Town keeps watch on proposed gas pipeline
Thursday, March 6, 2003 - The town says it is keeping close watch on a Texas firm's proposal to build a high-pressure natural gas pipeline that would run close to the town's northern limit.
If Houston-based El Paso Corp. applies for permission to build the pipeline, the town will hire an engineering consultant to review the plans, Assistant Town Manager Tom Bradford said recently.
If the possibility of a rupture or explosion is deemed to pose a risk to town residents or properties, the Town Council might adopt a resolution or take other steps to oppose the project, he said.
"(El Paso representatives) have told us that it is not a concern based on the pressure and size of the pipe, but we want to verify that," Bradford said.
"We need to be prepared," Town Manager Peter Elwell said in January at a Palm Beach Civic Association forum. "We need to satisfy ourselves that there is no threat to the town."
The Town Council has not gone on record as opposed to the project. But Mayor Lesly Smith said this week she is "adamantly opposed" to the proposed route because it is too close to North End residents.
Repeated attempts to interview El Paso officials were unsuccessful.
El Paso proposes to spend $250 million to build a 164-mile pipeline, 26 inches in diameter, from Grand Bahama Island to a Florida Power and Light plant near Indiantown, company officials have said. The company hopes to begin building the line next year and open it in 2005. The line would be buried about 3 feet underground, and would transport a billion cubic feet of gas every day to the power plant.
Tankers would haul natural gas in a liquid form from faraway ports to a facility in the Bahamas that would convert the liquid back to vapor before it is transported through the pipe to Florida, a company spokesman said.
The pipeline, named Seafarer, would come ashore on Singer Island, cross Palm Beach Inlet and Peanut Island, go through through Mangonia Park and up to the Beeline Highway into Martin County. Along the way, it would carve a 100-foot swath through Palm Beach County nature preserves and skirt neighborhoods along the Beeline Highway.
El Paso has said the pipeline is safe and will provide clean fuel for a rapidly growing regional population and contribute about $1.1 million in annual property taxes for Palm Beach County and $350,000 for Martin County. It also would create about 170 jobs during the construction, the company has said.
El Paso has said it hopes to apply in the next few months for permission to build the pipeline from the Federal Energy Regulatory Commission and the Bahamian government.
El Paso has said it is attempting to negotiate a contract with FPL by April so the pipeline could provide fuel for a planned expansion of the utility's Indiantown plant. If an agreement isn't reached, plans for the pipeline could change.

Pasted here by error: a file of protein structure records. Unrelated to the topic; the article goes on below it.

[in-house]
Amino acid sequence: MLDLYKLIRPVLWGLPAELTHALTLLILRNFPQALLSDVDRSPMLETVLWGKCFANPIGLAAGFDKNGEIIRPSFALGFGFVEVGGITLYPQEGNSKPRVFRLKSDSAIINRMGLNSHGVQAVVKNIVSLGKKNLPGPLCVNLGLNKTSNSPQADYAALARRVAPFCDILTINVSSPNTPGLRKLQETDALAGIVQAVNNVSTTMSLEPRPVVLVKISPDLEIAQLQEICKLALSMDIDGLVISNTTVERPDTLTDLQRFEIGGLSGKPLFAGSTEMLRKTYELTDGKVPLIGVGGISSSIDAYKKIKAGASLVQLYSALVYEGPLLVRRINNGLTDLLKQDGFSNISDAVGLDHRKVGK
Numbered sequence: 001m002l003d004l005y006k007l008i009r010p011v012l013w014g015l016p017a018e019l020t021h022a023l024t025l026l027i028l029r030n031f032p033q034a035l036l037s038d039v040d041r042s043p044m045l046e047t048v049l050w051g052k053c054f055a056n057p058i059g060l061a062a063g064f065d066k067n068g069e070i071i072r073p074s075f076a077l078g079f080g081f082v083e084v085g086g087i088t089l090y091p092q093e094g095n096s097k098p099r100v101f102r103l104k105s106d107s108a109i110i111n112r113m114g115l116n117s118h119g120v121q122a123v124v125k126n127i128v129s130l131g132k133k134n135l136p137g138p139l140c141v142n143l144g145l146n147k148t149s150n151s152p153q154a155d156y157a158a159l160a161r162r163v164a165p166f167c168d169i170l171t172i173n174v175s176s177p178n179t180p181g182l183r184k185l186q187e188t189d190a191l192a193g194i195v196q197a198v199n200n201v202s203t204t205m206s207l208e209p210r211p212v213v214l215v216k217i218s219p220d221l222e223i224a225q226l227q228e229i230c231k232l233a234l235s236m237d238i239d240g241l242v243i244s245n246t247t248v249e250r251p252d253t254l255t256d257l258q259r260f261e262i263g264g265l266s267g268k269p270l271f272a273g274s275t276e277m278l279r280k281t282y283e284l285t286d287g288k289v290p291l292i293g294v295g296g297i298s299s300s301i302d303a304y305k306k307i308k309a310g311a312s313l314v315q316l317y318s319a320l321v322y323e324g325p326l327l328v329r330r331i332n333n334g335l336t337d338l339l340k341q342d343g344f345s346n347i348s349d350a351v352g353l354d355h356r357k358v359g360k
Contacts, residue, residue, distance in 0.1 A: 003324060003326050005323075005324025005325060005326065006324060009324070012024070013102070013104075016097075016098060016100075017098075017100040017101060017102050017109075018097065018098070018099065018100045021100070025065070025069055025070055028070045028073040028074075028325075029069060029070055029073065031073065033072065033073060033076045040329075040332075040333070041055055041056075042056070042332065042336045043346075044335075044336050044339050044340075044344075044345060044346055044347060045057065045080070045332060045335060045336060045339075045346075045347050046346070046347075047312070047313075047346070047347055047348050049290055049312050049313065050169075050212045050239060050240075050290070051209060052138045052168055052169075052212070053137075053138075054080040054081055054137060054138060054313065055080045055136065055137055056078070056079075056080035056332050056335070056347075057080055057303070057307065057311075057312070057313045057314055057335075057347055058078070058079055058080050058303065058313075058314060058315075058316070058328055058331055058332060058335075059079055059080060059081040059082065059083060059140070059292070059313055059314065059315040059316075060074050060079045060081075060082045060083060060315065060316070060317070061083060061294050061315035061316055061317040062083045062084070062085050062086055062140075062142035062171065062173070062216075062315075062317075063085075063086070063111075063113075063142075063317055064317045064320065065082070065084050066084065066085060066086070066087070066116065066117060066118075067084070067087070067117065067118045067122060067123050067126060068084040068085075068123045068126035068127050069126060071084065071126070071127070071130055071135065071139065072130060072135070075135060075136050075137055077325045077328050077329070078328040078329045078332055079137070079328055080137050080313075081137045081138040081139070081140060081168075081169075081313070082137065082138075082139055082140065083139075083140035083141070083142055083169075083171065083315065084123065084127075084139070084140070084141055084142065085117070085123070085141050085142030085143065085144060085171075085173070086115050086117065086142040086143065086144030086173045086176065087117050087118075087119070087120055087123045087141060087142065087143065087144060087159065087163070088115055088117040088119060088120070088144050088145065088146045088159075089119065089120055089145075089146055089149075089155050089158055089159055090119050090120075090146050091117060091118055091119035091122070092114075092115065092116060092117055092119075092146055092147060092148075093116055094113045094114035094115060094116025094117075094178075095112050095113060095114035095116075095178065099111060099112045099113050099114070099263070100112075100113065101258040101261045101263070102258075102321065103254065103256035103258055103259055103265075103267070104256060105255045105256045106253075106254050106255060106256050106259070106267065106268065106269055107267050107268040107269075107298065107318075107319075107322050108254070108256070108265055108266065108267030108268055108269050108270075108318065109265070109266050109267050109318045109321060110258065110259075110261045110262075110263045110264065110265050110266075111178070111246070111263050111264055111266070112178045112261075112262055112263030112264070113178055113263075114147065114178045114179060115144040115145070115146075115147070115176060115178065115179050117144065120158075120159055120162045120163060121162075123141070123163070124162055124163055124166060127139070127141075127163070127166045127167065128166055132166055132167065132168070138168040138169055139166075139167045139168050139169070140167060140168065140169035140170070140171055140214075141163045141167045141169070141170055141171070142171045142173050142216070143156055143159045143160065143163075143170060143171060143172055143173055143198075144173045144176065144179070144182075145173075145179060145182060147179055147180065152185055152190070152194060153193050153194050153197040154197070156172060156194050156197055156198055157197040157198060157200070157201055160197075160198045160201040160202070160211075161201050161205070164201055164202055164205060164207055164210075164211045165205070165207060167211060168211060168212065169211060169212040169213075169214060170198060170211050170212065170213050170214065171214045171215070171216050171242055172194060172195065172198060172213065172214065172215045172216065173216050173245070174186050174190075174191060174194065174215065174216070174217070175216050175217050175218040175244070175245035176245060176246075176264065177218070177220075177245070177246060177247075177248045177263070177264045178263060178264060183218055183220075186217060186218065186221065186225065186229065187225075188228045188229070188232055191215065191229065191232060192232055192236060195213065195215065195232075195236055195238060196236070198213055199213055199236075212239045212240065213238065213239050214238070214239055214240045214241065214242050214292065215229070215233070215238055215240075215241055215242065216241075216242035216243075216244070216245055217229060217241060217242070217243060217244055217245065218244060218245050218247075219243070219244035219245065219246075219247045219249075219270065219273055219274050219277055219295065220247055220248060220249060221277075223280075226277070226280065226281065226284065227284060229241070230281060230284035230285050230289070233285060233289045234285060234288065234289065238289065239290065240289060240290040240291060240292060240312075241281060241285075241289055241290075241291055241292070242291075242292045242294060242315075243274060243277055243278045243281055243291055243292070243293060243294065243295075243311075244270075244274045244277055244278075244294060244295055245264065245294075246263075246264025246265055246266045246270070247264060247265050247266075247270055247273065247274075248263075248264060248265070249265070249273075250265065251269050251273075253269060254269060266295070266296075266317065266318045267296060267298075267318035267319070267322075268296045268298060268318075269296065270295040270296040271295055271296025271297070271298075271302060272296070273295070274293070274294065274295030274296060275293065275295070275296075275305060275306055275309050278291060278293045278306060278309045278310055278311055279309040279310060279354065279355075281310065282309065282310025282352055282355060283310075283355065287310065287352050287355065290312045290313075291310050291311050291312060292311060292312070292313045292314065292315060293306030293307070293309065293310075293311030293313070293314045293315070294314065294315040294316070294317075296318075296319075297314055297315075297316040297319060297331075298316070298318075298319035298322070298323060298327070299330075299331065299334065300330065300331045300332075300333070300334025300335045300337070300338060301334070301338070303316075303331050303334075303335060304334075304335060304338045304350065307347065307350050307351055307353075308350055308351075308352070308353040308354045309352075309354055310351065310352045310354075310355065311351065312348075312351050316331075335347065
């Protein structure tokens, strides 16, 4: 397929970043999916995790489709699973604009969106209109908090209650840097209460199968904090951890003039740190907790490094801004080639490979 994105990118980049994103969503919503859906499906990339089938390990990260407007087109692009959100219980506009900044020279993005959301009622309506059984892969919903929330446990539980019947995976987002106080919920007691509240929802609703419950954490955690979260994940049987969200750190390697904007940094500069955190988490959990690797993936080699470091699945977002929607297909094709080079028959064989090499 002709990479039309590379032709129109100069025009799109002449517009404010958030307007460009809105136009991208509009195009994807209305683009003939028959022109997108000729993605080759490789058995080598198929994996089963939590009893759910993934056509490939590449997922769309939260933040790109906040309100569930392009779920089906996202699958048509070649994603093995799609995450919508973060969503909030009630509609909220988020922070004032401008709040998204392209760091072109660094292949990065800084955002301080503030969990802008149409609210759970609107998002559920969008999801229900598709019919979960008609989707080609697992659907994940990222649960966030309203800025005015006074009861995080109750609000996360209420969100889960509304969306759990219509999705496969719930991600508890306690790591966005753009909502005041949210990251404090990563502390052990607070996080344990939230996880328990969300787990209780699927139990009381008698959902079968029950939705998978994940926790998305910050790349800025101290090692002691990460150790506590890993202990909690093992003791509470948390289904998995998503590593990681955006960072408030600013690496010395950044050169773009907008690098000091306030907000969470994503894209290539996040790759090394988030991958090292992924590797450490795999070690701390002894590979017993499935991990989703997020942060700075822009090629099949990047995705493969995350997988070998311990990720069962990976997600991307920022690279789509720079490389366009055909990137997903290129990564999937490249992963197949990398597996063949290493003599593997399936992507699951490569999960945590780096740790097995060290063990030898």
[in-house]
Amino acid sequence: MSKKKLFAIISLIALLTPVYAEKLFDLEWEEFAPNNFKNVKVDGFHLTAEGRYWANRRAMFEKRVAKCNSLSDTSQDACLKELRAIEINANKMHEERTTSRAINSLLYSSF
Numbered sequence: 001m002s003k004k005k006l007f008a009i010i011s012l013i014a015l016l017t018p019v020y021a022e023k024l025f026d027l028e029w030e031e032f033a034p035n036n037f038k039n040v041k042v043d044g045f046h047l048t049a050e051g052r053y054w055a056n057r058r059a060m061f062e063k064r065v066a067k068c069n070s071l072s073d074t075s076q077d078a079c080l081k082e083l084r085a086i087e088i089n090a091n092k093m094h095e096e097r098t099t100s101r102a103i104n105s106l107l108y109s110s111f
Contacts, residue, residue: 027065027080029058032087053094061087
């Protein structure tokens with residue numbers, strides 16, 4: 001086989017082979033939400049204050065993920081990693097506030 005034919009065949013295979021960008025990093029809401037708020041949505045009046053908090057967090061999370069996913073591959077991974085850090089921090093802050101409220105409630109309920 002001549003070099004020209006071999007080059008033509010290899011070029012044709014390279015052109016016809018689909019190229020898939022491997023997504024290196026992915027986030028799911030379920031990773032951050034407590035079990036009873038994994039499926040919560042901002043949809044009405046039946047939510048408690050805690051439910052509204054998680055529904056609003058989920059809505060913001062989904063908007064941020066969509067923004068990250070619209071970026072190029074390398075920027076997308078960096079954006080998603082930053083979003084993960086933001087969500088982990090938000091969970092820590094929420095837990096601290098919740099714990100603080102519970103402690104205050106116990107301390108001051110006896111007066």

FPL spokesman Rod Macon had no comment.
Bradford said it appears, based on information supplied to him by El Paso employees, that in the event of an explosion, the town would be far away from the blast zone, although he said a few North End homes might hear noise and feel vibrations if the pipe were to explode at its closest point to Palm Beach.
But he said that calculation is not definitive.
"The town will hire its own consultant," he said. "When it does, other details will be available for the consultant to examine."
Bradford said he was unaware of any complaints from Palm Beach residents about the pipeline.
Dr. Sanford Kuvin, whose home at 149 East Inlet Drive looks out over the inlet toward Singer Island, said he was unaware of the plan. But he called the idea of a high-pressure gas line through the busy port and residential area "horrendous."
"The implications are so absurd as to demand immediate and complete opposition," Kuvin said.
There is plenty of opposition elsewhere.
The Lake Worth and Palm Beach Gardens city councils have adopted resolutions opposing the pipeline, citing safety and environmental concerns.
The Palm Beach and Martin County commissioners in a joint resolution recently expressed "grave concerns" about routing the pipeline through or near their communities.
"We're concerned about safety, based on recent things that have happened here locally," said commission Chairwoman Karen Marcus, who represents the Town of Palm Beach north of Royal Palm Way.
On Jan. 20, natural gas leaked from a corroded 3-inch underground pipe owned by Florida Public Utilities, forcing the evacuation of some residents in a West Palm Beach neighborhood.
On Jan. 10, a 10-inch gas pipe opened 5 feet beneath a Lake Worth street, releasing a 30-foot-high plume of noxious fumes and resulting in the evacuation of hundreds of Lake Worth High School students. Fourteen staff members and students were treated at an area hospital after being sickened by the smell. That pipe also was owned by Florida Public Utilities, which has said it isn't certain what caused the rupture.
North county resident Catherine Dwore is one of a group of residents who have asked state legislators to investigate the safety of miles of aging pipes in the ground.
Dwore said she opposes the Seafarer route for safety and environmental reasons, and she questioned the wisdom of moving a billion cubic feet of gas daily past neighborhoods, through the Port of Palm Beach and onto Peanut Island, the site of intensive recreational use.
"You'll never convince me that it is safe for people to camp on top of that pipeline," she said.
El Paso has said it recently launched a 10-year plan to inspect the insides of all the pipelines it operates in the United States and that the company has an extensive safety program that includes regular inspections of its lines by air and on the ground.
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